4 points
  4. notme

    Incense Making Me High :)

    Either is isn't just incense, or you are breathing too much of it and need air. Please, for your own health and safety, open a window.
    4 points
  5. Please read: http://litreactor.com/columns/10-words-you-literally-didnt-know-you-were-getting-wrong -_-
    4 points
  6. I feel for you. I'm Lebanese (born and raised in Australia) and my husband is Afghan (born there and raised here) and I had people literally try to talk me out of it and giving me "advice". We're both Shia, but the fact that he was Afghan drove them nuts. My grandfather said he'd rather me marry someone from a different sect than a different culture. Complete strangers that found out post marriage would look almost revolted and literally say "Why?". One man I spoke to on the bus seemed insulted lol. I just laughed it off all the time and said it's God's will and fear of God is what matters :P This quote became quite useful to me: (bismillah) People, We have created you all male and female and have made you nations and tribes so that you would recognize (know) each other. The most honorable among you in the sight of God is the most pious of you. God is All-knowing and All-aware. Surah al-Hujurat (49:13)
    4 points
  7. Salam brother, I don't know what you guys use in the UK, but here in Australia we simply use the term "talking". Example: "Are you engaged to him?" Reply would be "No, we're talking". A gift is a must in my opinion, it shows good manners and etiquette. Some fresh sweets from a nearby pastry shop, or a nice box of chocolates. Also, if you do decide to see her more than once, consider bringing a gift now and then, not just the first time. My husband continued buying sweets when he came, then he found out I liked gelato, so he actually started buying me that. Later on down the road that is. Also, if there is potential, be political and buy the mother flowers later down the track (a few weeks in). If the mother is happy with you, it makes the process so much easier -_- When I told my father that a guy wanted to speak with me in regards to compatibility, my husband actually said that he'll bring his parents and my father said that there was no need to. So he came alone for a while and when we decided on engagement (the actual 'Aqd) his parents came. However, depending on the culture and mentality of your potential in laws, this is a tricky part. They might ask your parents come the first time and then other times alone, or do what my dad did. Your best shot is actually asking the girl if you should or not. If they practice the same culture as you do, then ask your parents.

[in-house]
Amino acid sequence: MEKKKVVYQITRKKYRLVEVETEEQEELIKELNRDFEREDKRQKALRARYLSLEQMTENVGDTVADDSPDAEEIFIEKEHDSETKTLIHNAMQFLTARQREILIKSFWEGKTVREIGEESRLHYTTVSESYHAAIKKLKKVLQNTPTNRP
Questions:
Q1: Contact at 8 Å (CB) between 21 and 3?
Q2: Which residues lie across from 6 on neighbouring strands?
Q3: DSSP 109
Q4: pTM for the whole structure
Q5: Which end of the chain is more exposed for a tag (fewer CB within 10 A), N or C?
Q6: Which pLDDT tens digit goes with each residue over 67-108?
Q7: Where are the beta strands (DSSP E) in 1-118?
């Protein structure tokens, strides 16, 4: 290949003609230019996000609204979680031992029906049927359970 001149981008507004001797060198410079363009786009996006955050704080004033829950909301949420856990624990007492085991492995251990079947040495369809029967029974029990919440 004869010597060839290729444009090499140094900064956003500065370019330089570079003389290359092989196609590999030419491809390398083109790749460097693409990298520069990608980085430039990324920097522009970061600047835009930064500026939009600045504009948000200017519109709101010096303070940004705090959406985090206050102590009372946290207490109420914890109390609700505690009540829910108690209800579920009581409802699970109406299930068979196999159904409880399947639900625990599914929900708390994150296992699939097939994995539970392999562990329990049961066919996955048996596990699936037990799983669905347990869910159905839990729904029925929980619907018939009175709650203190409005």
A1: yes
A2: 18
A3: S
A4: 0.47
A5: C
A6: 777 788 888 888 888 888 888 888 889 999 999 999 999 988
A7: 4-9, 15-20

3 points
  8. World's Biggest Pilgrimage Now Underway, And Why You've Never Heard of it! | Sayed Mahdi al-Modarresi http://www.huffingtonpost.co.uk/sayed-mahdi-almodarresi/arbaeen-pilgrimage_b_6203756.html
    2 points
  9. Salam, I recently found this site with many of the Speeches of Imam Khomeni(ra), Imam Khameni(ha), Shaheed Muhammad Baqr Sadr(ra), and Sayyid Hassan Nasrallah with English subs. the site is http://islamicideology.net/
    2 points
  10. notme

    Marriage Because Of Sex

    1. It is part of our lower nature. 2. Media and non-Muslims put way too much emphasis on sexuality, so there is a backlash. You can have marriage without lust, but it is likely to be unsatisfying. There are other qualities that you just can't have a marriage without, such as trust, respect, compassion, integrity.
    2 points
  11. Brother, look at what they do in their culture. If you follow the advise of people who are not familiar with the culture, then you could get things very wrong in the eyes of the family. Some of the advise given above may be completely unsuitable in certain cultures.
    2 points